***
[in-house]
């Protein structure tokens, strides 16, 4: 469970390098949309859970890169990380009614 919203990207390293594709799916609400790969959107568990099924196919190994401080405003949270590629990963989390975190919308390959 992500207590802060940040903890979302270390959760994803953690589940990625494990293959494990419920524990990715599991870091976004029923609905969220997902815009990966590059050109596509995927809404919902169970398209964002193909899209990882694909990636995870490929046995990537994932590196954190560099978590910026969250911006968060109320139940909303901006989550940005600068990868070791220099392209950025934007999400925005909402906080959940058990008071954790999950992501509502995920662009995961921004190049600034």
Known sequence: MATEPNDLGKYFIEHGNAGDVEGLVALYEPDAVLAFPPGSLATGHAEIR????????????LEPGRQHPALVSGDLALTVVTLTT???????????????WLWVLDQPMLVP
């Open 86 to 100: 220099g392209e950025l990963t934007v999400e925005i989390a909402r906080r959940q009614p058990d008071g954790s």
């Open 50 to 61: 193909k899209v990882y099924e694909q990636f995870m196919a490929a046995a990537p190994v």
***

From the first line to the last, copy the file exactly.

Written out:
[in-house]
């Protein structure tokens, strides 16, 4: 469970390098949309859970890169990380009614 919203990207390293594709799916609400790969959107568990099924196919190994401080405003949270590629990963989390975190919308390959 992500207590802060940040903890979302270390959760994803953690589940990625494990293959494990419920524990990715599991870091976004029923609905969220997902815009990966590059050109596509995927809404919902169970398209964002193909899209990882694909990636995870490929046995990537994932590196954190560099978590910026969250911006968060109320139940909303901006989550940005600068990868070791220099392209950025934007999400925005909402906080959940058990008071954790999950992501509502995920662009995961921004190049600034």
Known sequence: MATEPNDLGKYFIEHGNAGDVEGLVALYEPDAVLAFPPGSLATGHAEIR????????????LEPGRQHPALVSGDLALTVVTLTT???????????????WLWVLDQPMLVP
């Open 86 to 100: 220099g392209e950025l990963t934007v999400e925005i989390a909402r906080r959940q009614p058990d008071g954790s």
């Open 50 to 61: 193909k899209v990882y099924e694909q990636f995870m196919a490929a046995a990537p190994v």